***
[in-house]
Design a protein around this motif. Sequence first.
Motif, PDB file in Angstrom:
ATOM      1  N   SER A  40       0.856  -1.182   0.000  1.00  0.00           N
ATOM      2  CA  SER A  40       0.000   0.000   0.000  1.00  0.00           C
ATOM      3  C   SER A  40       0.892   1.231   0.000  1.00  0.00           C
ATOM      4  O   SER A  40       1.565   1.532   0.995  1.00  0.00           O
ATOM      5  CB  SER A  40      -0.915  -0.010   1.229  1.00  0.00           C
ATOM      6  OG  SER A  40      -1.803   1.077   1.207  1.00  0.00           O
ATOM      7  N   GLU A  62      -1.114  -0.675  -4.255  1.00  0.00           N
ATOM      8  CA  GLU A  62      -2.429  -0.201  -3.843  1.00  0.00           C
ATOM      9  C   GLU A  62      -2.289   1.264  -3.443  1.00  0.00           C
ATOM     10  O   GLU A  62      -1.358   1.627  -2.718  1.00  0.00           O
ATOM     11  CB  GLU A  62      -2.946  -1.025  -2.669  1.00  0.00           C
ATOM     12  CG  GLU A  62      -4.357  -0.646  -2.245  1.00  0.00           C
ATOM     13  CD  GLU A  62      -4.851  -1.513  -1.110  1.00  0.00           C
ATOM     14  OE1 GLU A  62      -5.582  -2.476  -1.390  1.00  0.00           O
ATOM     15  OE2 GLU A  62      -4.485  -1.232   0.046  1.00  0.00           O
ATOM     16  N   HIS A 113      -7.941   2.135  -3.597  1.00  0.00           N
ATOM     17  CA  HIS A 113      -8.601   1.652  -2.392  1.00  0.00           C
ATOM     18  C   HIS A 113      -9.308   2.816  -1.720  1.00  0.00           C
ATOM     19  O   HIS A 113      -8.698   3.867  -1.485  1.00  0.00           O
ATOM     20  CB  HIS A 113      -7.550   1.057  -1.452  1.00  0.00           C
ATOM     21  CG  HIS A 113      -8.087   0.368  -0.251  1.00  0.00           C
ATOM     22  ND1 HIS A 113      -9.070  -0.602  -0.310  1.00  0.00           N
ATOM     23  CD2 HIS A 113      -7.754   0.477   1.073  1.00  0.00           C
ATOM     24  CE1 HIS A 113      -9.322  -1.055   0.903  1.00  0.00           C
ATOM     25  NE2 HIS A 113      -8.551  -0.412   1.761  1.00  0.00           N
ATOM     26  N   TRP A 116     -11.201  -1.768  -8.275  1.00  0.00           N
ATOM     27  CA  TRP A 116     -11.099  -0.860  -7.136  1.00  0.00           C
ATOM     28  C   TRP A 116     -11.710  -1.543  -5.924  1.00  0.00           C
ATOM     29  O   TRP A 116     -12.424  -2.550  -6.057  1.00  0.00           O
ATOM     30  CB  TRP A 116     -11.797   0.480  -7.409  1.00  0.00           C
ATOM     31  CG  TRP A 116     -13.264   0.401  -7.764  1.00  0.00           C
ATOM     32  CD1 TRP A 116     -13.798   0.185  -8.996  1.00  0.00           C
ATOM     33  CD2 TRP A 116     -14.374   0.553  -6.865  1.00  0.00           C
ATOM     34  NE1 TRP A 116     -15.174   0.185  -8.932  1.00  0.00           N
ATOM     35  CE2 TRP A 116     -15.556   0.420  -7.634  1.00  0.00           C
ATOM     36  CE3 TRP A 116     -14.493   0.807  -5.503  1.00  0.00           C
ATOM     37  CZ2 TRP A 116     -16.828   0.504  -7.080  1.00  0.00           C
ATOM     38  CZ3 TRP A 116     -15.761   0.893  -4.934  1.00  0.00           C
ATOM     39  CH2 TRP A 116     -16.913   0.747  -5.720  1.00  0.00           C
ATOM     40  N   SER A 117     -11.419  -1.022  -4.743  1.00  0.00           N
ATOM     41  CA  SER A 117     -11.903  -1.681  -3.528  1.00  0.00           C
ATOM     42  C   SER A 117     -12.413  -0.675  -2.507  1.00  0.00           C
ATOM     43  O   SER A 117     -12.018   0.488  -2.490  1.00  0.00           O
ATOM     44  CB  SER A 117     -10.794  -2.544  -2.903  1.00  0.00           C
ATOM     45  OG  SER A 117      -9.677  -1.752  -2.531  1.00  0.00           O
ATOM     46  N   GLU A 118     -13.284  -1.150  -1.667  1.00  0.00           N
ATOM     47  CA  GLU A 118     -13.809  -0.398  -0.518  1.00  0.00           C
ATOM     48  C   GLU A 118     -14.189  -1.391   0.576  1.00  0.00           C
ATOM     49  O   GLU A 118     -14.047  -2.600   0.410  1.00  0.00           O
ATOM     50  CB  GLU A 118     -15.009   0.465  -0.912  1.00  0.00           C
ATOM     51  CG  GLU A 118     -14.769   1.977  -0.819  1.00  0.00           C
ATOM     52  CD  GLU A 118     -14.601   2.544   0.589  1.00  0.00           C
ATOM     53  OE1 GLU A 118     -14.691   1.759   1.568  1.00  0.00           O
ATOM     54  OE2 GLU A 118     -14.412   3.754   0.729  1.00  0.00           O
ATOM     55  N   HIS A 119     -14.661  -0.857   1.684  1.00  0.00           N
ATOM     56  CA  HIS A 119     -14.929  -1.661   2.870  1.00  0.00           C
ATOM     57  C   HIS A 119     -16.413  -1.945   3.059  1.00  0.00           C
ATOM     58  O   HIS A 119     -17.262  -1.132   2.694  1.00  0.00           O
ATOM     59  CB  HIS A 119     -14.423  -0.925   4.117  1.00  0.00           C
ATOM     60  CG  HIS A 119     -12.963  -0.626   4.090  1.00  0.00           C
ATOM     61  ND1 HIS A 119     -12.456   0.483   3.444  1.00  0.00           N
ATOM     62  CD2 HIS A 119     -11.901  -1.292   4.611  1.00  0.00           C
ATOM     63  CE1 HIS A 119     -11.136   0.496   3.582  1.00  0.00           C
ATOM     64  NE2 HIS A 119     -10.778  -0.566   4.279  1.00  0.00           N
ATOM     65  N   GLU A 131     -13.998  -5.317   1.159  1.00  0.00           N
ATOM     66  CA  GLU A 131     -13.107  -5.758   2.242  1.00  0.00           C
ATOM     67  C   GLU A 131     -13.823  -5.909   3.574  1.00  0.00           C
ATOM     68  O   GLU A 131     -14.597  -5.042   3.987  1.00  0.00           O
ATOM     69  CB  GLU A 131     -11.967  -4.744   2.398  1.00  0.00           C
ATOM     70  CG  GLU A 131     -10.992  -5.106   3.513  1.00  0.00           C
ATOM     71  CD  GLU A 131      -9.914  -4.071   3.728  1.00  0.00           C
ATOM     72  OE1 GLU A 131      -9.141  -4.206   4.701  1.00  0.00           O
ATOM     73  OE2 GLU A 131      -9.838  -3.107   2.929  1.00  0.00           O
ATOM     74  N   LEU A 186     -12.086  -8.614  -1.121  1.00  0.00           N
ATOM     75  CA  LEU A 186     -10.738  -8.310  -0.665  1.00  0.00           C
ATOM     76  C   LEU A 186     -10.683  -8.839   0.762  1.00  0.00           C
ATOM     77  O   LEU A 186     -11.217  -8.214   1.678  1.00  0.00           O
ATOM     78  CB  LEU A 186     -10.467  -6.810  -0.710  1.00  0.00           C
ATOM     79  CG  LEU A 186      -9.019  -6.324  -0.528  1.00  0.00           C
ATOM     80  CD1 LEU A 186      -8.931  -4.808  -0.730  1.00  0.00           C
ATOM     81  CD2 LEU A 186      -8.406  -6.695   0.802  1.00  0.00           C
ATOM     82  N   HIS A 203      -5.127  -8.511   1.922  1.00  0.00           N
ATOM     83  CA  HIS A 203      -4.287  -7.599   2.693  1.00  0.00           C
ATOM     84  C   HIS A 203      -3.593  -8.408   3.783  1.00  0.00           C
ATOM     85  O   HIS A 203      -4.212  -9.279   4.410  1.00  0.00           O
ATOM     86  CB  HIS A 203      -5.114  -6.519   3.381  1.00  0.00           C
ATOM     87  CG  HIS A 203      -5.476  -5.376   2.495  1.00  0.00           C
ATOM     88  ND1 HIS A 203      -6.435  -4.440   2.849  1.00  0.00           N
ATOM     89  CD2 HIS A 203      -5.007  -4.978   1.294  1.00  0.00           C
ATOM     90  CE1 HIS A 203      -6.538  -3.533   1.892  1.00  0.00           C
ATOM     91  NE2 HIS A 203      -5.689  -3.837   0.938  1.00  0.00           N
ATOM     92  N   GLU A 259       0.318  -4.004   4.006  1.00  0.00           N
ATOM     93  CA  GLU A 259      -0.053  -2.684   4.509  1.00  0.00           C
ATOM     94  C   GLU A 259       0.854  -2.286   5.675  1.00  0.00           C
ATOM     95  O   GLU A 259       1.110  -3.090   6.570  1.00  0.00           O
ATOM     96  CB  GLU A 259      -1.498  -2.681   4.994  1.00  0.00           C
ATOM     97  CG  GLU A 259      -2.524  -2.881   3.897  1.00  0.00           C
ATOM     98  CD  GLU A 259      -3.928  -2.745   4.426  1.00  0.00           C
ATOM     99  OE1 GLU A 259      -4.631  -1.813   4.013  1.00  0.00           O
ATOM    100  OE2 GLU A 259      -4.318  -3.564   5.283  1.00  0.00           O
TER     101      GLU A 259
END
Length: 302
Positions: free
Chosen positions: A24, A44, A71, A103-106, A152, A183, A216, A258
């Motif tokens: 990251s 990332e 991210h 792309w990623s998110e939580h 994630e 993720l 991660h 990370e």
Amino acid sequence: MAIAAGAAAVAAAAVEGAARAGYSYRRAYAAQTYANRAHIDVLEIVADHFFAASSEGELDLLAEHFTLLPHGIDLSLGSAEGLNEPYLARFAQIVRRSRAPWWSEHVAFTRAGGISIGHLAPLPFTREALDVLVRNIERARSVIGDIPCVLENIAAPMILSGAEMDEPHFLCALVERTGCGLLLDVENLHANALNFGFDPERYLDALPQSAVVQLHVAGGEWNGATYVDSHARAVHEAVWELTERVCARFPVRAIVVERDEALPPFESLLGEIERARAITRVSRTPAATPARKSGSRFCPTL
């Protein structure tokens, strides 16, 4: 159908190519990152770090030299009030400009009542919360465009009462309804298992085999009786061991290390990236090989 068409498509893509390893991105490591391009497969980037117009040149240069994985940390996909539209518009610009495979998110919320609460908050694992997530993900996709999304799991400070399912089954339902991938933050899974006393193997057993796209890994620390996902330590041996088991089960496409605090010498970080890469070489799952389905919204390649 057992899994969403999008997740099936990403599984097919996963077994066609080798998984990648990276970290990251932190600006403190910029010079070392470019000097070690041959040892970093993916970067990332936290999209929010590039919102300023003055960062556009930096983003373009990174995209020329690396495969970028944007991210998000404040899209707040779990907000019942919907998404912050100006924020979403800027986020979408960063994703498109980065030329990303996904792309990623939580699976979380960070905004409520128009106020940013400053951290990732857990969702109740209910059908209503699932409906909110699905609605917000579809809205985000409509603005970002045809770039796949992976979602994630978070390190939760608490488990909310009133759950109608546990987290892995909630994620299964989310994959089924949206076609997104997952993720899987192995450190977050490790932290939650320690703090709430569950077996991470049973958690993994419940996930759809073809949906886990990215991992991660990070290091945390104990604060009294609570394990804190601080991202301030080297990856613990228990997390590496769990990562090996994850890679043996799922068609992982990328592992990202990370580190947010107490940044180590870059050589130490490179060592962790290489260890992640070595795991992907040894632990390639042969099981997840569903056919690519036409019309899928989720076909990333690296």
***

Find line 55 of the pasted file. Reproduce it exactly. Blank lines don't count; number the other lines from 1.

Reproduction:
ATOM     52  CD  GLU A 118     -14.601   2.544   0.589  1.00  0.00           C